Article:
A lot of project managers fall into the role. They have been working for a company for several years, and they find themselves in charge of projects. No matter whether this applies to you or not, here are some useful tips that can help you.
Non-technical skills you need to have
There is a lot more to being an effective project manager than meets the eye. This is why there are many project management courses available for those who are looking to get to grips with the role. If this sounds familiar, then this article is just for you. Read on to discover more about some of the technical skills you are going to need to be a successful project manager.
- Flexibility – The first skill you are going to need is flexibility. This is because projects are likely to change a lot. A successful project manager is someone who knows how to adapt to such a situation effectively. Not only this but if you remain calm under pressure, then it is going to make your team feel calm as well.
- Anticipate issues – Another skill you need to have is the ability to anticipate problems before they arise. Of course, there are going to be times when something takes you by surprise. Nevertheless, generally speaking, you do need to be fully aware of what your team is going to be taking on next, what your client needs, and what could go wrong.
- Delegates – This is one of the most important parts of project management. You should never try to take on everything yourself, which a lot of PM managers are guilty of doing. Instead, you need to recognize that managing the project alone is a full-time job, thus you should look for other individuals to fill the roles required to complete the project.
- Communicate effectively – You are going to struggle to be an effective project manager if you do not know how to communicate effectively. This does not only relate to communicating with your team, but also any stakeholders or anyone else that is invested in the project. You need to know the language to use in the workplace, and you need to find ways to keep employees motivated, especially during a project that is long and complex.
- Proactive – In addition to all the points that have already been mentioned above, being proactive is essential. You cannot organize and lead teams if you are not proactive, even though this is a word that is used a great deal in performance reviews and management books. Nonetheless, you should never wait for status updates, budget breakdowns, and schedules. You need to use your initiative, and this will give your team the platform to flourish.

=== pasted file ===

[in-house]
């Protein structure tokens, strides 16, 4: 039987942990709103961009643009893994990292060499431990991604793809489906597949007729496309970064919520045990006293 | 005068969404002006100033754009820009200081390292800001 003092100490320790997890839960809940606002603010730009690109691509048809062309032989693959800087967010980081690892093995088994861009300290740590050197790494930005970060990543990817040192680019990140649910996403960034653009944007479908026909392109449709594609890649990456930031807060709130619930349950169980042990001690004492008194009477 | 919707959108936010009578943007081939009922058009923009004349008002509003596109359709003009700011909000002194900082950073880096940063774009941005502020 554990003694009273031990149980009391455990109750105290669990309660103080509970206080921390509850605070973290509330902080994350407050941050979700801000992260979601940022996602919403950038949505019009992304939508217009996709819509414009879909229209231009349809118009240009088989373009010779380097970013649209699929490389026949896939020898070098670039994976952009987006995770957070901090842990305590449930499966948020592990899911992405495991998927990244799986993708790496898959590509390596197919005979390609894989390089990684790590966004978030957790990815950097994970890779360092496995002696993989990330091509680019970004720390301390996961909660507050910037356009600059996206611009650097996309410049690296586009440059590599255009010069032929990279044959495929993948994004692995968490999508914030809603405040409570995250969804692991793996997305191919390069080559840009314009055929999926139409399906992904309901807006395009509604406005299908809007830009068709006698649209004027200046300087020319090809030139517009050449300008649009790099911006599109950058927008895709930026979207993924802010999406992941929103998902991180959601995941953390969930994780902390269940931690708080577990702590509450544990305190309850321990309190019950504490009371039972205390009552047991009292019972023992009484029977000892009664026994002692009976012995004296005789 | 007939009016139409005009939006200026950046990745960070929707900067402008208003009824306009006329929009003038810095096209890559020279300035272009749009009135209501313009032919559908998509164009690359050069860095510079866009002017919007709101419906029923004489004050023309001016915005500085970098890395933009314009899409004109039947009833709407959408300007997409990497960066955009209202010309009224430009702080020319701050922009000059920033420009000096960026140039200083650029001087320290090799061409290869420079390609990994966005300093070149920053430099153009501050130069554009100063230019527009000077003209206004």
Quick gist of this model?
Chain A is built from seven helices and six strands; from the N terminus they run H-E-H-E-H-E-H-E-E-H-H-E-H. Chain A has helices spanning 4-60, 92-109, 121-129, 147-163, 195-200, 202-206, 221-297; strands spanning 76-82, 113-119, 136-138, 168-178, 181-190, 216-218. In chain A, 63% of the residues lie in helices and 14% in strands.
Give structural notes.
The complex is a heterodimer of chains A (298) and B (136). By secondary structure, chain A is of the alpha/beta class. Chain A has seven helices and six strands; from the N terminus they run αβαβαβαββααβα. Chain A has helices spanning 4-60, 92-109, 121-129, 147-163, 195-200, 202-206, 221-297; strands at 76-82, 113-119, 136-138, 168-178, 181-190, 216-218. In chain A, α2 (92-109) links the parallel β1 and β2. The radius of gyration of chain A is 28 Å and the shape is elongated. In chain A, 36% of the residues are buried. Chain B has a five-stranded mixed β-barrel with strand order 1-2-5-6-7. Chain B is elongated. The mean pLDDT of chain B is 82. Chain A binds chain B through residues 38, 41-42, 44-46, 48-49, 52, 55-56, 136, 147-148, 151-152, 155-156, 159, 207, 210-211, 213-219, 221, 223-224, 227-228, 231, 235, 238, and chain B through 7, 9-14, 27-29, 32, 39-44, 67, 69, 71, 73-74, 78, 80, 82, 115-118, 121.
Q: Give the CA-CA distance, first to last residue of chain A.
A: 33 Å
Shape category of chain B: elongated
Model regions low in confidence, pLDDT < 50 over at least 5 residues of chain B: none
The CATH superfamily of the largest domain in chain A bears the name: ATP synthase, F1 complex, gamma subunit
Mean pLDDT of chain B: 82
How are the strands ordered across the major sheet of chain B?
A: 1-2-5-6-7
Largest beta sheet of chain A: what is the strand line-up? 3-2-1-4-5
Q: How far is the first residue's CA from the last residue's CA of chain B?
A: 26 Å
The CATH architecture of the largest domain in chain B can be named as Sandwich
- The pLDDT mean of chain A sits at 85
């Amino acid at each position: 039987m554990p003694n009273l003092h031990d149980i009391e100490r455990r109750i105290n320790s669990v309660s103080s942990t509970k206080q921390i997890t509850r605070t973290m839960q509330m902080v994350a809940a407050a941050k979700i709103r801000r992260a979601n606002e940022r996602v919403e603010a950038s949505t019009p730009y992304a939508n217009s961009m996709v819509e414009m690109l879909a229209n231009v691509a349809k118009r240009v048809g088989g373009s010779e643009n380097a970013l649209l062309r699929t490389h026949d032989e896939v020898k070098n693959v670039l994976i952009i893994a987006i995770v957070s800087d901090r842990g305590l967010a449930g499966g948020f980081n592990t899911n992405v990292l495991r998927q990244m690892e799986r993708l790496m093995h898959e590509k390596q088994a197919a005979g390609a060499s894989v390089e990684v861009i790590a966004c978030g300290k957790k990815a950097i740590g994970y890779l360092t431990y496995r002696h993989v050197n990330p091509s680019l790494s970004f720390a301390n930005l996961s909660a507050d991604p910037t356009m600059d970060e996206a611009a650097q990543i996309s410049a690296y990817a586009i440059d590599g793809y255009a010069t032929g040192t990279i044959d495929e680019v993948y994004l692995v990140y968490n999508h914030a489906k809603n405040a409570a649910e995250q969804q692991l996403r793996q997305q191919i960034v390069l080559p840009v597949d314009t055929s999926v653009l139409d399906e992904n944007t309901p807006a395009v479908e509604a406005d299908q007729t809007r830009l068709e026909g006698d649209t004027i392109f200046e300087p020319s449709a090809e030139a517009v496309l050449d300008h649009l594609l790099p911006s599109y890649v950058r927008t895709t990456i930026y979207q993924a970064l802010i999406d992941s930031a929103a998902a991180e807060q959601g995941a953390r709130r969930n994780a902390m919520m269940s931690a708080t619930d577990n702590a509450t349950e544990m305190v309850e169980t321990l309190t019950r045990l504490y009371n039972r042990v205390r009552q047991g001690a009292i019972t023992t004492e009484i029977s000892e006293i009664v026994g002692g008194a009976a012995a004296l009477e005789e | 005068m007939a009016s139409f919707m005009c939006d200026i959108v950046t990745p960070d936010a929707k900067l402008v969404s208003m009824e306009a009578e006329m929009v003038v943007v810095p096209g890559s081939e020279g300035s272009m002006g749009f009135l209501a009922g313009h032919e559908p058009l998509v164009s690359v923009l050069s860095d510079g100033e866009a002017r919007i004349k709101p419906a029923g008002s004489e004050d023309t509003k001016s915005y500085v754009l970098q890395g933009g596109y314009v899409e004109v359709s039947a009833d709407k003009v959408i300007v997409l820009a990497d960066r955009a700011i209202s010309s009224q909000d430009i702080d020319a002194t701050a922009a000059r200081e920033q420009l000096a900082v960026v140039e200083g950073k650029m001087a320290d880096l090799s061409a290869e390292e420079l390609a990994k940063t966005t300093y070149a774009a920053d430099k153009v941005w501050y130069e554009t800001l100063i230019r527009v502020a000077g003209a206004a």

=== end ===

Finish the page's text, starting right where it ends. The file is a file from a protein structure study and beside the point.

- Organized – Project managers also need to be organized, which is something a lot of people struggle with. However, organization is essential, as there are many moving parts in projects. Successful project managers need to have the ability to ensure rouses remain accountable while also keeping track of milestones, decisions, issues, and tasks. You can use tools like an easy employee time clock to assist with this to make sure that everything is on track.
- Listen – On a final note, do not forget to listen! While it may seem important to you to delegate straight away, you will learn a lot more if you simply take the time to listen. This relates to both your team and your clients.
Putting together a scope statement
As a project manager, you have a million different tasks to complete before the project even gets up and running. One of the most important tasks to do at the beginning of the process is to put together a scope statement. A scope statement is something taught in a lot of project management courses. However, before you embark on your project management training, it is a good idea to have a basic understanding of what a scope statement is and what it involves. Read on to discover everything you need to know.
What is a scope statement? This is a written document that details the terms and conditions under which the work for the project is going to be performed, as well as the results you will produce by undertaking the project. Before any of the project work begins, it is important that the project team and the people who requested the project agree with everything that is written on the scope statement – highlighting why this is such a vital document.
What needs to be included in the scope statement?
- Objectives – Of course, the objectives of the project need to be clearly outlined. These are also referred to as deliverables. This relates to the services, products, or results you are going to produce as a consequence of the project.
- Justification – How did this project come about? Why are you embarking on this project? You need to address the scope of work that is going to be performed, and how other related activities will affect it, and how it will affect them.